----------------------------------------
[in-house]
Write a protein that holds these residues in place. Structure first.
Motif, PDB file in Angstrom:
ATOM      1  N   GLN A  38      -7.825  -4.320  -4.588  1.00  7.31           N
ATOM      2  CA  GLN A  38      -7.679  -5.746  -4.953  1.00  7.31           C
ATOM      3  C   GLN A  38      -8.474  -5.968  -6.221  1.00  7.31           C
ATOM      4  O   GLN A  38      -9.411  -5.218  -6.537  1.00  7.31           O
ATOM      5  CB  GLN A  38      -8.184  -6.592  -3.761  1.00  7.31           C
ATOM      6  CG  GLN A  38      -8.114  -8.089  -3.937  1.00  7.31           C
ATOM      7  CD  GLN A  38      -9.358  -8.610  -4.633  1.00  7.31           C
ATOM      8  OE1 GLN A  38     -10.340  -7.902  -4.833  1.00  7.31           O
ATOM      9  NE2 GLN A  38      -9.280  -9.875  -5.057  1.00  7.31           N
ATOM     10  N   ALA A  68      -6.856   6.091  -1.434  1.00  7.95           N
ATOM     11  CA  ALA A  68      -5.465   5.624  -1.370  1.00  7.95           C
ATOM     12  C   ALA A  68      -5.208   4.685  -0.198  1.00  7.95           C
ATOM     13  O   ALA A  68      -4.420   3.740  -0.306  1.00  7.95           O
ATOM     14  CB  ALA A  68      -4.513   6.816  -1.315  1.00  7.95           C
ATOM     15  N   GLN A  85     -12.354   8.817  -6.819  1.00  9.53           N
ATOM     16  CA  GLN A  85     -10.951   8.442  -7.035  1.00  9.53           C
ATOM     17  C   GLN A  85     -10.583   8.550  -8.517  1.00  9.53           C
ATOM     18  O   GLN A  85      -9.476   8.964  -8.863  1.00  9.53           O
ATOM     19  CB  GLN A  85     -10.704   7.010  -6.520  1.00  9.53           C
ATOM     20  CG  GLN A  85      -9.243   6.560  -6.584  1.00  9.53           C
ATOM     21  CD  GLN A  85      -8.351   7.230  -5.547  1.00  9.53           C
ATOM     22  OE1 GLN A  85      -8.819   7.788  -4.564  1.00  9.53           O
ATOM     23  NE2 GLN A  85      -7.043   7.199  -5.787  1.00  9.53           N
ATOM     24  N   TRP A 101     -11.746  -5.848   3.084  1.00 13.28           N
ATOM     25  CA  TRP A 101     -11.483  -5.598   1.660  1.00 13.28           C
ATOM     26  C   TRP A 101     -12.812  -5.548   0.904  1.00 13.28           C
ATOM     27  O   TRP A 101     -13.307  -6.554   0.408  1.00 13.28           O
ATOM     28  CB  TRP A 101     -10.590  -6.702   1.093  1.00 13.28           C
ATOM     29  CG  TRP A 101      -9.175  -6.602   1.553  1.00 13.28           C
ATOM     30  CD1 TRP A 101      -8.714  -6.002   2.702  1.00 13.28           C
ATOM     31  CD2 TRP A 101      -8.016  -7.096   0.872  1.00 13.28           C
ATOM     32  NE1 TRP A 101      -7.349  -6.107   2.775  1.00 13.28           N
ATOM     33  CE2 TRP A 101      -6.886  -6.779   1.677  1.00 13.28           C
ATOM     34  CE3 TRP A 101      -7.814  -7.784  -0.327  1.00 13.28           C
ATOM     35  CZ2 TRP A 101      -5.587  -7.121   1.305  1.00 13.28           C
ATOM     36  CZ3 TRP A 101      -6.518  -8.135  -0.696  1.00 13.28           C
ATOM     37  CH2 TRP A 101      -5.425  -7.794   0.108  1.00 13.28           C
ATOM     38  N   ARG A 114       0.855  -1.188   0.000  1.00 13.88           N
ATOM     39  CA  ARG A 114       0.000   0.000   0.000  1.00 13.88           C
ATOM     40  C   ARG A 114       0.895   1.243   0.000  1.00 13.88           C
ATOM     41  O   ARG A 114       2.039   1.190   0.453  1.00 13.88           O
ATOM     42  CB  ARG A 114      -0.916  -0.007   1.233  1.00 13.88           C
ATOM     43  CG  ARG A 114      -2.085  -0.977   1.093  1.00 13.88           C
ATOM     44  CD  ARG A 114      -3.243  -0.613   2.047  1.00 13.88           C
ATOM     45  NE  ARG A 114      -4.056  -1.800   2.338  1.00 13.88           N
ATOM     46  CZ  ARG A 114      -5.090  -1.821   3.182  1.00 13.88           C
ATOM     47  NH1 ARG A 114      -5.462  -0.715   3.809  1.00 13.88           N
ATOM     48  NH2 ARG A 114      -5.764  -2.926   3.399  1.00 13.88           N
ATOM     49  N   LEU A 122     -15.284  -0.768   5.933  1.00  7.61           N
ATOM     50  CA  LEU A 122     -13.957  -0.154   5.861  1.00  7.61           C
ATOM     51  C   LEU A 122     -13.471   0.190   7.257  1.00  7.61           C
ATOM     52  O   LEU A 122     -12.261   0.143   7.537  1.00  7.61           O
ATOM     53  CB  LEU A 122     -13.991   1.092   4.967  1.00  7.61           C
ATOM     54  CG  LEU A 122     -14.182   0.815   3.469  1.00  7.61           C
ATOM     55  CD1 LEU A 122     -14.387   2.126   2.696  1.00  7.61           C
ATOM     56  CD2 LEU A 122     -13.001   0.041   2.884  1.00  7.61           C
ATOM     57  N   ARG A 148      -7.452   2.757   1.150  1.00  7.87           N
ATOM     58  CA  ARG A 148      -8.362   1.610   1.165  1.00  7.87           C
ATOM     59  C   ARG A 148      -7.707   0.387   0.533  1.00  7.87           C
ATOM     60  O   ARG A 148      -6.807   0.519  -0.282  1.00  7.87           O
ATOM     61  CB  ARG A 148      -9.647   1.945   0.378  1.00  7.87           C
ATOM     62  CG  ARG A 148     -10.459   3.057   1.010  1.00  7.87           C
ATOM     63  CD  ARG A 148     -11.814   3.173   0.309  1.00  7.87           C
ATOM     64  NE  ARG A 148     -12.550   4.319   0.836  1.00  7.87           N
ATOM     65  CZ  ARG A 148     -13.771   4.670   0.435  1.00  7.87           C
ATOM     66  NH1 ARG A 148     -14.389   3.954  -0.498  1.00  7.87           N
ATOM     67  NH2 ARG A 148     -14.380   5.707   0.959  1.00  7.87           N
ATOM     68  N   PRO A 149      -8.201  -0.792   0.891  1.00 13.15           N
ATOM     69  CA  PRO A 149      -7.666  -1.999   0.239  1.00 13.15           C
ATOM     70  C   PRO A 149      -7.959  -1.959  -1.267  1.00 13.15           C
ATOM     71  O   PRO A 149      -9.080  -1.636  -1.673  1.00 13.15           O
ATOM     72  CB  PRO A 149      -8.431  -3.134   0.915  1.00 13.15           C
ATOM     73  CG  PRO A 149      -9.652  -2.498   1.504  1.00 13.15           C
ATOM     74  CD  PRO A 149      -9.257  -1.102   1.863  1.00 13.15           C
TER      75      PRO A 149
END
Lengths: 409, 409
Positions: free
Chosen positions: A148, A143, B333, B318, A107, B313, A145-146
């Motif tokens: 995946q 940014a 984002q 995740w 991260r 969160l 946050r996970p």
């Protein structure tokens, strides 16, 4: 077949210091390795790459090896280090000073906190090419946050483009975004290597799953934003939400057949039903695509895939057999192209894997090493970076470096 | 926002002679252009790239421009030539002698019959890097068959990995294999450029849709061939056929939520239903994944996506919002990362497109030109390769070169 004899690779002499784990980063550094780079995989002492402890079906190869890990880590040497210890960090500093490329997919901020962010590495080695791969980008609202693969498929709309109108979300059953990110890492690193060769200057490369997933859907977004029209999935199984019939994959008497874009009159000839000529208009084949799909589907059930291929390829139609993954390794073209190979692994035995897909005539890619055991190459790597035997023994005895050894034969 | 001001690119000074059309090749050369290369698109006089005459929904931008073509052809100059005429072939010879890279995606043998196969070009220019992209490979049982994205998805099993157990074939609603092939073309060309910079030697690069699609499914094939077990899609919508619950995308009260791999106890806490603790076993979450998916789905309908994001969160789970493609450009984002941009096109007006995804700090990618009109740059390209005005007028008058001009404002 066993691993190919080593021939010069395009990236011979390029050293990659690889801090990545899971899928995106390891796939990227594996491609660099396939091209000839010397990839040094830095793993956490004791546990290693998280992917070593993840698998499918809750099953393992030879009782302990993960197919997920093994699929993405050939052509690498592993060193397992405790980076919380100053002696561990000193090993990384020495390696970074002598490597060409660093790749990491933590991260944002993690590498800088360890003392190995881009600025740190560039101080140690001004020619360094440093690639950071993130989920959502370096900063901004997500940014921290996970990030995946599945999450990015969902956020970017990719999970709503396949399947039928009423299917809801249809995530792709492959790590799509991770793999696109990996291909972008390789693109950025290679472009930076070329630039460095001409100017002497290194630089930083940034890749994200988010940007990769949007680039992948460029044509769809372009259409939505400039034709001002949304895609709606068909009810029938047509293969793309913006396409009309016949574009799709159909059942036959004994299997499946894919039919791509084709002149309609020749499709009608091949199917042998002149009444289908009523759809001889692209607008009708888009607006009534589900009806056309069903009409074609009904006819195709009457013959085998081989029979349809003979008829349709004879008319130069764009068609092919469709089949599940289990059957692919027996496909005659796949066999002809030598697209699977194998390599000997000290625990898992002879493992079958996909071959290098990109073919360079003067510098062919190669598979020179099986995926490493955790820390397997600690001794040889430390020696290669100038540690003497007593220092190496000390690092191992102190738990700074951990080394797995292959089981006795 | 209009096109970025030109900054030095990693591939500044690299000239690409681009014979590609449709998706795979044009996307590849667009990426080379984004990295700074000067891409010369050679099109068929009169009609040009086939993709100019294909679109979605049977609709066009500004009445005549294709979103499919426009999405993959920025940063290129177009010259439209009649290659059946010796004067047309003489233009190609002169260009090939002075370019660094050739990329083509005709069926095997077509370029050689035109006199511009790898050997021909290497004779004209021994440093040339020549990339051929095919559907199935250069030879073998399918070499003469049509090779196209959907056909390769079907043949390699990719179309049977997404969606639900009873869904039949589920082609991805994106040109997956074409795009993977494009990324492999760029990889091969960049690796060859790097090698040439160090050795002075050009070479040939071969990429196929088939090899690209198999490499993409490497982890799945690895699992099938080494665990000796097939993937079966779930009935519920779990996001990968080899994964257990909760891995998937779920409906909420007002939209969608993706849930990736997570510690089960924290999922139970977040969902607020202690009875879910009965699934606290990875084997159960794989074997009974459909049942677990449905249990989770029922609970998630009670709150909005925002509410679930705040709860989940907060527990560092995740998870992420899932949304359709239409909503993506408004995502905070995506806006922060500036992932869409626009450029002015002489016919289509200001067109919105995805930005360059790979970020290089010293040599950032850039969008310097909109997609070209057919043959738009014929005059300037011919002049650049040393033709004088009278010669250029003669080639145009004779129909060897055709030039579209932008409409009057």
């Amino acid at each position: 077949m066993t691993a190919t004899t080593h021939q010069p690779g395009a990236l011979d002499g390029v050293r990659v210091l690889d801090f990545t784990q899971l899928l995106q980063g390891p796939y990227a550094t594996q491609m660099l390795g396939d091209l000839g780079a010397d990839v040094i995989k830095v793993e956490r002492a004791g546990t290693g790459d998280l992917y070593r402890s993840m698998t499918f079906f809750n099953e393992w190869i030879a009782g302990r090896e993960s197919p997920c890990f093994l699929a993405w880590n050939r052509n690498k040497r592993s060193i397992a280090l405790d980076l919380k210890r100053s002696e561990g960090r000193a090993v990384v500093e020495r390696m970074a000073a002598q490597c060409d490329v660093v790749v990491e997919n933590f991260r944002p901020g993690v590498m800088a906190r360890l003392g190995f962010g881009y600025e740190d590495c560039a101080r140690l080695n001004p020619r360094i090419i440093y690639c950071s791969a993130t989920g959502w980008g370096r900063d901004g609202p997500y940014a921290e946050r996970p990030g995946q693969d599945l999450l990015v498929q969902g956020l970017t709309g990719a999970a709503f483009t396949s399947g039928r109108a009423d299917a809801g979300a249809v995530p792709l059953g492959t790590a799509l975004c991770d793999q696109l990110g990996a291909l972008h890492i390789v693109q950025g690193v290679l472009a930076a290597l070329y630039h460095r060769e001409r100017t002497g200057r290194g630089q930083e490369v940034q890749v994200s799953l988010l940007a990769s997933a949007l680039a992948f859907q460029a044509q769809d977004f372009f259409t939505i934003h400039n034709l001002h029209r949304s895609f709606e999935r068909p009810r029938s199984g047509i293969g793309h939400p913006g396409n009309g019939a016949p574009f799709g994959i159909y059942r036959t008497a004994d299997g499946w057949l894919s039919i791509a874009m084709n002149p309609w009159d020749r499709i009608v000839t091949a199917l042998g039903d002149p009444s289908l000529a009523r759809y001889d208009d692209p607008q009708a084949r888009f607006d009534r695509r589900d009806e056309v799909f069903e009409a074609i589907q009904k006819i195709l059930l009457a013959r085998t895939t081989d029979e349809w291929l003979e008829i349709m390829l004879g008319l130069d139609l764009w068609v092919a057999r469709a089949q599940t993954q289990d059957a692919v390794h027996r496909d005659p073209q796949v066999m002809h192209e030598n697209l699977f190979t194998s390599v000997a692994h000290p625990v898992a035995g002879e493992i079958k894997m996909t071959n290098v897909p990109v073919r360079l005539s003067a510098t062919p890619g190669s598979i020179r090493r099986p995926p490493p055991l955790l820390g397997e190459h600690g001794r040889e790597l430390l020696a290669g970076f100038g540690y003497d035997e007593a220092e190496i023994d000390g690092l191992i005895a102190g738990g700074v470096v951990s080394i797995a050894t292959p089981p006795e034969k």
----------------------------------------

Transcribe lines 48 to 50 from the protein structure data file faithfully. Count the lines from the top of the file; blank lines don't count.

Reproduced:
ATOM     45  NE  ARG A 114      -4.056  -1.800   2.338  1.00 13.88           N
ATOM     46  CZ  ARG A 114      -5.090  -1.821   3.182  1.00 13.88           C
ATOM     47  NH1 ARG A 114      -5.462  -0.715   3.809  1.00 13.88           N